Problems have mounted both on and off the pitch. There have been reports of many problems at the new stadium for spectators to the point where new plans had to be put in place recently, but having beaten Bournemouth in the first home game of the season they have won only one more, and that a very fortunate victory against Sunderland.

That certainly won’t make it easy for us and they’ve been relishing this week for some time. Slaven Bilic spoke about it but this is the week when they believe their fortunes will improve with them playing us and then Hull at the London Stadium.

Incredibly, for a team that did so well last season, they dropped into the relegation places last Saturday. It was only for a day, the draw at Liverpool took them back up a place on Sunday.

They will also be boosted tonight with the news that Cheikhou Kouyaté is fit to return after a hamstring injury and Bilic could also decide to start with Andy Carroll up front which will give them an extra threat. Bilic has said he will make a late decision on Carroll who has been used as a substitute in the last two games.

One player ruled out is striker Simone Zaza who also missed the draw at Liverpool with a knee injury.

Their team at Liverpool was: Darren Randolph, Winston Reid, Håvard Nordtveit, Winston Reid, Angelo Ogbonna, Aaron Cresswell, Pedro Obiang, Mark Noble, André Ayew, Manuel Lanzini, Dimitri Payet, Michail Antonio. Subs: Adrián, Ashley Fletcher, Edimilson Fernandes, Domingos Quina, Marcus Browne, Alex Pike, Andy Carroll.




We were fighting for our lives at the bottom of the Premier League. We were on a run of three successive 1-0 defeats and since George Boyd had scored the winner against Manchester City we had failed to score in the next five games.

In the previous game we’d lost 1-0 against Leicester to a Jamie Vardy goal less than a minute after Matt Taylor had hit the post for us and we knew that defeat at West Ham would all but condemn us to a Championship return.

That’s exactly what happened unfortunately, but much was down to the appalling decision by referee Jon Moss to send off Michael Duff midway through the first half. He was right to award West Ham a penalty, which Mark Noble converted, but the decision to red card Duff was mystifying. That it was overturned by the FA showed just that although it left us to play three quarters of the game with ten men when a goal behind.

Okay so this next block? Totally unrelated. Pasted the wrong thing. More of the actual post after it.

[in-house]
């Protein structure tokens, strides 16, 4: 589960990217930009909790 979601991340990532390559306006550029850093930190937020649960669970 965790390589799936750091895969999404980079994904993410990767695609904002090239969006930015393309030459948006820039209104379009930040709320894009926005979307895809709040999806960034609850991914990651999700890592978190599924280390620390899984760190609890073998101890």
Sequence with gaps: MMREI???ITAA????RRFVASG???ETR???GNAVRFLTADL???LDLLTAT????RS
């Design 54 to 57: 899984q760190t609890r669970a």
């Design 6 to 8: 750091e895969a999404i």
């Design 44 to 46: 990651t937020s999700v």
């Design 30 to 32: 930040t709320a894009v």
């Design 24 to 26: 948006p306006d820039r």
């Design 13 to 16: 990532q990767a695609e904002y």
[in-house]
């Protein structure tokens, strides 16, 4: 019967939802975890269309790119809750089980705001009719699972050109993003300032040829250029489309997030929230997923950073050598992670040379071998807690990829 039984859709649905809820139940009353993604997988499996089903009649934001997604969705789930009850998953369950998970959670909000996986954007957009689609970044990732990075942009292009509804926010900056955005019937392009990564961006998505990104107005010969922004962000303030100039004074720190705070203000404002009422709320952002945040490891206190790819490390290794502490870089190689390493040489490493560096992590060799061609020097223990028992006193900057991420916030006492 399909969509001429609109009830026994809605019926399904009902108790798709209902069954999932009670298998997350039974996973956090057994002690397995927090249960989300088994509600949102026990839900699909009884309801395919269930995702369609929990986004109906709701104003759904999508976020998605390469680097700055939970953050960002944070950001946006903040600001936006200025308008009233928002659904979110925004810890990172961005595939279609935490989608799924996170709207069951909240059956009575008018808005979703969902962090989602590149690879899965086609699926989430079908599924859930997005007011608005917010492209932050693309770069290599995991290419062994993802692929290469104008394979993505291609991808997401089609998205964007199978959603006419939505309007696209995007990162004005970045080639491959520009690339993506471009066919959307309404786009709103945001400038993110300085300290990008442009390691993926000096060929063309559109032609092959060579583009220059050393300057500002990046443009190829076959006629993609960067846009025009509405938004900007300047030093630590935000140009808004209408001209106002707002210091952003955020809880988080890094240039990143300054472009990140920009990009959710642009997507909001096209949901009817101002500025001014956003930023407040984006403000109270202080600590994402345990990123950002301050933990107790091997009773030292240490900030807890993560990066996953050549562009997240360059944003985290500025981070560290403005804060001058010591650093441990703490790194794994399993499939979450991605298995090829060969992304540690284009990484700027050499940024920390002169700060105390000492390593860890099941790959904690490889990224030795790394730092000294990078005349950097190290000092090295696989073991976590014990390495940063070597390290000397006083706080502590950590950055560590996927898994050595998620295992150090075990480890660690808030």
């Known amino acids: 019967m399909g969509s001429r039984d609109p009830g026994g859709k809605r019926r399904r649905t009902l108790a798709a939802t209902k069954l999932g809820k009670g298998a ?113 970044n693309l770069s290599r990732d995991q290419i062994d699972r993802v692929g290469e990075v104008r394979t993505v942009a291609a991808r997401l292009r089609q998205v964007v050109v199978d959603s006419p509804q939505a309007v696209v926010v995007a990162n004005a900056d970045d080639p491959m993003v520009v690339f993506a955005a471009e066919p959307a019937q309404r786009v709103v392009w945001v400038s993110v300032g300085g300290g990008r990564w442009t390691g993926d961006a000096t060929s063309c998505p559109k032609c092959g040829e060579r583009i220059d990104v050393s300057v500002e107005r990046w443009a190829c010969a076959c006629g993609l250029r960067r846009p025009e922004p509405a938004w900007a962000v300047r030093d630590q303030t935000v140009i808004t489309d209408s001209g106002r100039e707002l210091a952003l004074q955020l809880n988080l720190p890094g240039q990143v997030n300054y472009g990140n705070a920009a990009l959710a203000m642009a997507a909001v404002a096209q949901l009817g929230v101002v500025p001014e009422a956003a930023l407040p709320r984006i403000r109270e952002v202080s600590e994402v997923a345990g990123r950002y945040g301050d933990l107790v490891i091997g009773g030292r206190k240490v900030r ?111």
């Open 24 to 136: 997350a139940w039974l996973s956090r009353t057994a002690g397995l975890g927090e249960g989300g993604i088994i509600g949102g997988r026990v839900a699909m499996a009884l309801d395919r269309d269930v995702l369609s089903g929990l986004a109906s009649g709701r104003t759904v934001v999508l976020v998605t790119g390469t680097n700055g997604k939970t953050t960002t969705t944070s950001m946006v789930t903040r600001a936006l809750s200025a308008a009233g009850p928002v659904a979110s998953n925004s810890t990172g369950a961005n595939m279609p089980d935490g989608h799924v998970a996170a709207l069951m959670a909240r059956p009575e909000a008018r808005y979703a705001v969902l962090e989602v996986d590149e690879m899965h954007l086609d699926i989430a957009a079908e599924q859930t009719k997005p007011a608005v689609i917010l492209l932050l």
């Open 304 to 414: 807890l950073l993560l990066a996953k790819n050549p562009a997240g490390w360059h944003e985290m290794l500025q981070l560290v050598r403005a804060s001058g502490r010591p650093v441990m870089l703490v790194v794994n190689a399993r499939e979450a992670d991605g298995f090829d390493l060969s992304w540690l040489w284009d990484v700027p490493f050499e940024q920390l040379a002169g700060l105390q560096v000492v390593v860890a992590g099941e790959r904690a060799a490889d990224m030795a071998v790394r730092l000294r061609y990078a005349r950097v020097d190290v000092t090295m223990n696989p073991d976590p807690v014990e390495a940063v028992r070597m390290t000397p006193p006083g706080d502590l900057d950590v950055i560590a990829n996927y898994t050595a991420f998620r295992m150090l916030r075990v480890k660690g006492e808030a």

West Ham came close to doubling the lead as we tried to come to terms with the situation and would have done but for a superb Tom Heaton save, but we then forced Adrian into an equally good save from an Ashley Barnes header.

Having resisted making a change following the card, Sean Dyche opted to play the second half with a 3-4-2 formation with Michael Keane replacing George Boyd and we gave it a really good go. Danny Ings twice got clear. On the first occasion he fired wide but then won us, or should have won us, a free kick in the D when he was fouled. This was the home team fouling so nothing given by Moss who, through his lack of fitness, had found himself some 50 yards behind play.

He did get one thing right; he yellow carded Stewart Downing for diving, but it proved to be a day of frustration for us as we just couldn’t find the equaliser we so needed.

We were all but down, but we did go on to score twice in the final three games, both from Ings, without conceding. That shocking penalty was the last goal we conceded all season.

The teams were;

West Ham: Adrián, Carl Jenkinson, James Collins, Reece Burke, Aaron Cresswell, Stewart Downing,  Mark Noble, Cheikhou Kouyaté, Morgan Amalfitano, Kevin Nolan (Nenê 79) Enner Valencia (Carlton Cole 82). Subs not used: Jussi Jääskeläinen, Joey O’Brien, Alex Song, Reece Oxford, Matt Jarvis.

Burnley: Tom Heaton, Kieran Trippier, Michael Duff, Jason Shackell, Ben Mee, George Boyd (Michael Keane ht), Scott Arfield, David Jones, Matt Taylor (Ross Wallace 81), Danny Ings, Ashley Barnes (Marvin Sordell 79). Subs not used: Matt Gilks, Steven Reid, Michael Kightly, Lukas Jutkiewicz.